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Reflections on Ethics 16
Ethics is Subjective

by: J. Maus

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What is ethics? Ethics is an extremely vague word. It’s like the word beautiful. Anyone can say that something is either beautiful or not, no matter what it is they are adjudicating. In other words, beauty is infinitely subjective. Ethics works the same way.

What about rape and or greed? OK, let’s say that there is a man named Roberto. On the surface Roberto is just an average guy who came from a blue collar middle class town. At the very onset of puberty, Roberto had thoughts about forcing women to have sex with him even though he knew it was wrong. These impulsive thoughts got worse and worse until one day, Roberto snapped and raped a classmate in college. Roberto was caught and arrested.

Now let’s take Jimbo for example. Jimbo came from the same background as Roberto. As far as Jimbo could remember he always dreamed about being powerful and affluent. He spent long nights and many years in school to become a lawyer. Jimbo is open about defending the guilty and getting rich because of it. Jimbo got Roberto’s rape case thrown out on a technicality.

Roberto would argue that he is more ethical than Jimbo because he was born with a sickness. According to Roberto, he is no more guilty of a crime than a person who is born schizophrenic. He didn’t choose, nor does he want to have an abnormal mentality about sex. Jimbo would argue that he is more ethical than Roberto because he stays within the system and laws of the capitalist democratic system of government that he was born into. He works hard, is honest about his career and earns his money in strict accordance of the law.

I think that Roberto and Jimbo are both unethical, yet neither sees himself that way. Perhaps they both think I’m unethical because I'm agnostic. Ethics, it seems, is closely linked with perception. It also seems that being unethical has something to do with pointing fingers. (would the reader like to challenge this and claim to be a generally unethical person?) Like my old geography teacher would say, “All’s strange in this world except you and me and sometimes I wonder about you.”

Let‘s look at this in another way, take a guy named Mitchell. Mitchell is a middle class father of two. He takes care of his wife and children and leads a full and productive life. About once every two months, when he has some extra cash, Mitchell will buy some cocaine. The drug never interferes with his marriage, his kids or his work. Mitchell gets pulled over one night, (long story short), Mitchell gets caught with the drugs, convicted and sentenced to X years in jail. There goes a wonderful family synergy, a loving marriage and a great dad. Because of “society's ethics”, four lives, two of which are children, are dramatically changed for the worse.

The point is that there are always exceptions to the rule and one persons ethics can be radically different then another's yet both are good people. In Mitchell’s case, it wasn’t the drugs that tore his family apart, it was the government. I know what you are probably thinking and yes, I agree, cocaine causes far too much harm on society to be legal. That’s not the point. The point is that ethics, or to rephrase it, what is right and wrong is subjective. To put it even another way, just because something is illegal doesn’t make it wrong in every case. Was it wrong for Anne Frank and her family to hide in an attic to escape death? No, but it was illegal.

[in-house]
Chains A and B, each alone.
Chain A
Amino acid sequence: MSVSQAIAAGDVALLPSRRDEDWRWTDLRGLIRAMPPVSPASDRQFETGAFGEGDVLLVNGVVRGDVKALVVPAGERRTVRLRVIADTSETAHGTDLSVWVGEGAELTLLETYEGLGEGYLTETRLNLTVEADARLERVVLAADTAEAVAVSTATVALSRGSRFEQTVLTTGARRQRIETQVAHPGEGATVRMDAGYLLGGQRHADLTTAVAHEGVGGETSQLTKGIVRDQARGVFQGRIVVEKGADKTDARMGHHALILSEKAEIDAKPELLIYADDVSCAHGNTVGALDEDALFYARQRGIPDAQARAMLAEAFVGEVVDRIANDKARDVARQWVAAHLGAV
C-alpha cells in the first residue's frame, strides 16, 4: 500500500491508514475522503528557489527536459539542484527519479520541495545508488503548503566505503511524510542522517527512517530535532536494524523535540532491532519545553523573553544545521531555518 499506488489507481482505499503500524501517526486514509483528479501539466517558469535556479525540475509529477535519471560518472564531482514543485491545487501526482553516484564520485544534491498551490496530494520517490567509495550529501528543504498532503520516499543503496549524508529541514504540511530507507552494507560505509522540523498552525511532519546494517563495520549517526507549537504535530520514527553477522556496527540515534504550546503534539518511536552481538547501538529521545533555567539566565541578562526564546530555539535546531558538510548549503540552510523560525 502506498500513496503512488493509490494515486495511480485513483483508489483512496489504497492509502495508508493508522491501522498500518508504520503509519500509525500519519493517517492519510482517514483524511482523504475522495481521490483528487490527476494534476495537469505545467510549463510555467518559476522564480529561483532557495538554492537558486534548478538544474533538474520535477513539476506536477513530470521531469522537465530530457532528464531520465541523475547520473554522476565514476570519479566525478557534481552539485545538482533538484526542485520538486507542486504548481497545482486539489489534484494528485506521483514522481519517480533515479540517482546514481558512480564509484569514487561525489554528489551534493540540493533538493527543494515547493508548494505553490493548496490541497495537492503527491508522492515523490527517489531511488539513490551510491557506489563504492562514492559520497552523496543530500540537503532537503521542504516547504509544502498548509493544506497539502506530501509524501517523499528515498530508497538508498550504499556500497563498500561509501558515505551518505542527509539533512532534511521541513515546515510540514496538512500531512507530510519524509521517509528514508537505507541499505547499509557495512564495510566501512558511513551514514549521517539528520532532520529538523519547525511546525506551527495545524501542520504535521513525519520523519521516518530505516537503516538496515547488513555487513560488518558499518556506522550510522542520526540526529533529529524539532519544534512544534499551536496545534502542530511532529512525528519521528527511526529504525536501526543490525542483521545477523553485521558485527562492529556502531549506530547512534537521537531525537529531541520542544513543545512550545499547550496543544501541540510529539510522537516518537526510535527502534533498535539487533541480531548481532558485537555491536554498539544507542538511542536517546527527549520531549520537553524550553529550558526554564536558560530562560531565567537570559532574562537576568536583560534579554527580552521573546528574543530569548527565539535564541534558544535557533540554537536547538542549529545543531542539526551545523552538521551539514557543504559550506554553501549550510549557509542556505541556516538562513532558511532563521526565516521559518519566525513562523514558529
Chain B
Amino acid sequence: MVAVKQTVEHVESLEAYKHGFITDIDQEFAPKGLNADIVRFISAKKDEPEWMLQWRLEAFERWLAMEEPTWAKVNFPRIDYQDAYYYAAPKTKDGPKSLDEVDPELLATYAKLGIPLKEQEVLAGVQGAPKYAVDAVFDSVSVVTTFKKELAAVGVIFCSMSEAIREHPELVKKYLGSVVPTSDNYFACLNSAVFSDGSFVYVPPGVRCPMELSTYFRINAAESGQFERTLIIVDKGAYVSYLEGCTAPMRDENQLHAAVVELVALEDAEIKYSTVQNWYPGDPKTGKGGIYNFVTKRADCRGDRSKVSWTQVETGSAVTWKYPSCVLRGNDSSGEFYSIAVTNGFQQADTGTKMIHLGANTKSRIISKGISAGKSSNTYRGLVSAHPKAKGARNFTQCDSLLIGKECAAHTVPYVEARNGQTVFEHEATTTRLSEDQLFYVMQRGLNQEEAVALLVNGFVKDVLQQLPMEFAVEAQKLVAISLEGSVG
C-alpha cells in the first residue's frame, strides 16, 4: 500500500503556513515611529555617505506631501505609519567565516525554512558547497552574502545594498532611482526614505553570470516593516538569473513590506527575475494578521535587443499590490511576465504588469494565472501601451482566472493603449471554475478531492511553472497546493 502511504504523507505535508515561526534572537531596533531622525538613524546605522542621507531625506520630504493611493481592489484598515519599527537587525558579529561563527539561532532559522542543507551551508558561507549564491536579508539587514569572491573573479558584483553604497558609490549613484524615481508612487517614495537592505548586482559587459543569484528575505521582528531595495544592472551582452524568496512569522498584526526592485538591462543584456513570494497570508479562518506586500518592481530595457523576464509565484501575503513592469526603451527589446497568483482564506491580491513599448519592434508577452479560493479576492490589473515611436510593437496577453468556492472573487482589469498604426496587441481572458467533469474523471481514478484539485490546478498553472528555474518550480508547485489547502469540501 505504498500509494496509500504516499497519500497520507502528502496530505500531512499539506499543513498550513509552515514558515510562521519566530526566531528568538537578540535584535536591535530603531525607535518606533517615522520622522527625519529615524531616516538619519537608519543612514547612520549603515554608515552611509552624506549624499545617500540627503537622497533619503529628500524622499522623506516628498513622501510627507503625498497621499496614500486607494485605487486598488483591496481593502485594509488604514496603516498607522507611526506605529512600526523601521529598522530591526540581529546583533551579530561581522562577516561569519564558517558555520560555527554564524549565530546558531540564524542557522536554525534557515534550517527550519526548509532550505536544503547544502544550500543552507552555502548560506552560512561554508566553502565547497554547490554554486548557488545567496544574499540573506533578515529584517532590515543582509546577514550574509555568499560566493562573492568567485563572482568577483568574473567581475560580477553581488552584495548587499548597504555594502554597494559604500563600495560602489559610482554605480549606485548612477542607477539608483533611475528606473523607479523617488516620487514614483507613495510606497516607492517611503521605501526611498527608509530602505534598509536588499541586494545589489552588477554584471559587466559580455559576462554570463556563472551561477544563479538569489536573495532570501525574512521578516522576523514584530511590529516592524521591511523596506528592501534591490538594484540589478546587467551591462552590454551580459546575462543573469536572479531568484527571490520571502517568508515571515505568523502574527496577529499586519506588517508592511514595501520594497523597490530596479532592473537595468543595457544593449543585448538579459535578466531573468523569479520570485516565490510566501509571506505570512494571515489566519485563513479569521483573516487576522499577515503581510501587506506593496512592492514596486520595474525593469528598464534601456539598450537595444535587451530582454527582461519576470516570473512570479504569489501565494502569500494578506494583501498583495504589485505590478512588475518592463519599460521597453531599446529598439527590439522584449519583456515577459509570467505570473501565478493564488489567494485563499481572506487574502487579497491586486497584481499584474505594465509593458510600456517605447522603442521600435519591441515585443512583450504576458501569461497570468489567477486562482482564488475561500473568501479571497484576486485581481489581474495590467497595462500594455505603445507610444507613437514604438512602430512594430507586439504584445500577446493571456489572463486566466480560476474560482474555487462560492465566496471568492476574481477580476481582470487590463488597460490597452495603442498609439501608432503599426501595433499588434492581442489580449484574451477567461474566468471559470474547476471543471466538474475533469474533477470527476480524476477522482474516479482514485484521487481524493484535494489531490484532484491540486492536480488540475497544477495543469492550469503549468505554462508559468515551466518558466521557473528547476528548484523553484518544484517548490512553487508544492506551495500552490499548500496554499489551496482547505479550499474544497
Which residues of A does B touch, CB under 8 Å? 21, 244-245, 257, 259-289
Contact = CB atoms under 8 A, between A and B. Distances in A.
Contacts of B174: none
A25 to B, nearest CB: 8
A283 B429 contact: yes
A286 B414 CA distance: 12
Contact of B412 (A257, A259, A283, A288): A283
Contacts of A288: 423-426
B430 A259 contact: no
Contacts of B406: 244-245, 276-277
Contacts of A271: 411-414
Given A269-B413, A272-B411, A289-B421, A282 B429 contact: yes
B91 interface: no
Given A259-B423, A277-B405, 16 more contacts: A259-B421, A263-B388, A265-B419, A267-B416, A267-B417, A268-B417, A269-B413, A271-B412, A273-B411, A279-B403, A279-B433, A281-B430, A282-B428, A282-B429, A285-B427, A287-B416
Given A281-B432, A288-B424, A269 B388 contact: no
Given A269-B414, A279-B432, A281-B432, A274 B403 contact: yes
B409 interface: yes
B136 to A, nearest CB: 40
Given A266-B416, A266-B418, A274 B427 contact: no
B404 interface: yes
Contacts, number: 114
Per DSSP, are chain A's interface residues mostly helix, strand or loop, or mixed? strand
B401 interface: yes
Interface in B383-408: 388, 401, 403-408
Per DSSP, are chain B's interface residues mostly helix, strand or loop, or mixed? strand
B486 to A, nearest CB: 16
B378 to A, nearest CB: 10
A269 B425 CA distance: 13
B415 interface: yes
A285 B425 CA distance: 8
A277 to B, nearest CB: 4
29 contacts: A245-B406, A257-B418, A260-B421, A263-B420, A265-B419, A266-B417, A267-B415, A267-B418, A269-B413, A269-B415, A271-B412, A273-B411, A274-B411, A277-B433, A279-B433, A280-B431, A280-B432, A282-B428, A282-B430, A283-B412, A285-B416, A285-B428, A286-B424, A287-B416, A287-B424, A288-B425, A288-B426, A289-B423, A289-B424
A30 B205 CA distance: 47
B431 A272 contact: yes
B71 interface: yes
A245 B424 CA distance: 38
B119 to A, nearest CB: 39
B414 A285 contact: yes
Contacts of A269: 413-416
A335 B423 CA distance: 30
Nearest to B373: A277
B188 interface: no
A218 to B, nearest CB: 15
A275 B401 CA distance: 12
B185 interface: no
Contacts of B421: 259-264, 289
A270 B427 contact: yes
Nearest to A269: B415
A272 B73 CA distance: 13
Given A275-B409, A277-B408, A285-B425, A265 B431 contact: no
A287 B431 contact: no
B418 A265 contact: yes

I would also like to take some time to address an issue that seems synonymous with ethics, and that is killing. Call it what you want, murder, killing, or homicide. If I were to come home and find some lunatic in my house hurting members of my family, he is jeopardizing his own life. Depending on what he is doing he might live, he might not. To kill is justifiable in some situations. (ever see the movie A Time To Kill?) You can argue that two wrongs don’t make a right. Agreed. But what if he escapes and severely hurts more people inflicting more physical and or psychological damage on society? Sometimes, to make what’s wrong is right, you have to do something wrong to make it so. Then when it’s over, it's over.

Christians will argue that the Bible and more specifically the ten commandments are the ultimate source of practical ethics. Deuteronomy, the Book of Joshua and most of the entire Old Testament are so severely unethical that the Bible as a whole is in no way a good source of ethics. If anything, the Old Testament is a good example of unethical behavior. I can’t discredit the New Testament in it’s entirety as I am not very familiar with it. I can only speculate that it has its good points and its bad points just as with any philosophy. As for the ten commandments, I don’t think that a person can live by ten concrete maxims. My ethics are capable of changing and being refined. I feel the same way about lying as I do murder, sometimes it’s better to do than not to do.

What is ethics? Ethics is an ever-changing series of personal decisions based on a seemingly infinite mixture of, (but certainly not limited to), conscience, internalized beliefs, particular society, religious affiliation, genetics, family values, peer influence, culture, gender, conformity, groupthink, personal prejudice, autonomy, period of time, friendships and intimate relationships. I try to use a tripartite system of ethics that consists of common sense, love and wisdom to guide me to be the best person I can. Ethics at its climax is a person who is trying to be superlative. Ethics at its worst is ignorance and an excuse to behave badly. In closing, ethics is, at all times, amorphous, impalpable and subjective.

Please pray for me,

Jamie